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April 29, 2008

blog 9 - Presentations (Day 2)

The group I chose to respond to discussed and presented sustainable technologies that will hopefully make less of an impact on the earth. These included technologies related to air pollution, water sanitation, energy, and forestry and wood.

Air Pollution
-I was surprised to find out that many technologies only take out some harmful vapors from the air (for example, the stopper on a gas pump). While this does make a big difference, it is important that we find ways to minimize pollution even more.

Water Sanitation
-The things that this group talked about related a lot to our entire project. I think this is possibly the most important piece of trying to become a more sustainable society. Millions of people live without sanitary water. One of the members of my group researched a new technology that uses UV rays to clean water, which would be a cheap way of getting usable water in areas where advanced technologies are not available.
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Energy
-The question this group brought up, which I think is a very valid one, is whether or not biofuel is generally a positive or negative thing for our society. I recently read an article on this and found out that using plants such as corn for fuel actually does not reduce carbon emissions all that much. The energy and carbon that is used to convert the corn to fuel is almost as much as the amount that is emitted from a car that uses normal fuel. What is becoming more popular is thee use of sugarcane for fuel. Sugarcane grows faster and isn't used as much for solid food as corn is. And, since it is already in the form of sugar, not nearly as much energy is emitted when converting it to fuel. Brazil is a leading producer of this.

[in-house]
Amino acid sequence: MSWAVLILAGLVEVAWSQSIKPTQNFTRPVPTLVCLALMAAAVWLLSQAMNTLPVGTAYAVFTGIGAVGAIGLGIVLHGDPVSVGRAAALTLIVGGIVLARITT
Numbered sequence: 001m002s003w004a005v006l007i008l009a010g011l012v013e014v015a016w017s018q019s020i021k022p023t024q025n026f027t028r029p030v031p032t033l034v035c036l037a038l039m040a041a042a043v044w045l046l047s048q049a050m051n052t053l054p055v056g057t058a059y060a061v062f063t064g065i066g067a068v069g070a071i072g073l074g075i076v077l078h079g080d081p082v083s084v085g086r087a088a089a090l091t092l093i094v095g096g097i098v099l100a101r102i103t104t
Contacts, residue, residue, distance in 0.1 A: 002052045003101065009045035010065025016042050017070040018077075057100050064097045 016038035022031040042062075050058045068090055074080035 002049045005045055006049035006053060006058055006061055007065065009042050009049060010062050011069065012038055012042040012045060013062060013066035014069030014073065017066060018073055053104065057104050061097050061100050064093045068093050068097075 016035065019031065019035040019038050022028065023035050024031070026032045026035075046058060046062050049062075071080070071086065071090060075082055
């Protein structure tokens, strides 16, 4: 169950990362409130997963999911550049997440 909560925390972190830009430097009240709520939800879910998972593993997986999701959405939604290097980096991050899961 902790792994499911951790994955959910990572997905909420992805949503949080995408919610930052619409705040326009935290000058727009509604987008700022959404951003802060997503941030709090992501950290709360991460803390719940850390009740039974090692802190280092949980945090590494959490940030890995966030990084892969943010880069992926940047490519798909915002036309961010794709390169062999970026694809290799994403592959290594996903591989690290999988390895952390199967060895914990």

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Forestry and Wood
-When it comes to forestry, our society depends on it to provide paper. The most important thing we can do as humans is to recycle paper. With rain-forests and woodlands starting to decline, it is more vital than ever that we recycle in order to minimize our impact on the earth. This group talked about how our thoughts need to change and improve more so than our technologies, which I think is a really interesting thing to think about. If we don't have the mentality that we need to work together to save our earth, then no technology is going to really make a difference.

April 22, 2008

Blog 8 - Presentations (Day 1)

The presentation that I am choosing to focus on is the second group's on global development (Goal 8). Although their project was very broad, I did find some parts of it to be exciting and innovative. What I found to be particularly interesting about this project was their use of a wide range of topics within this one goal or idea.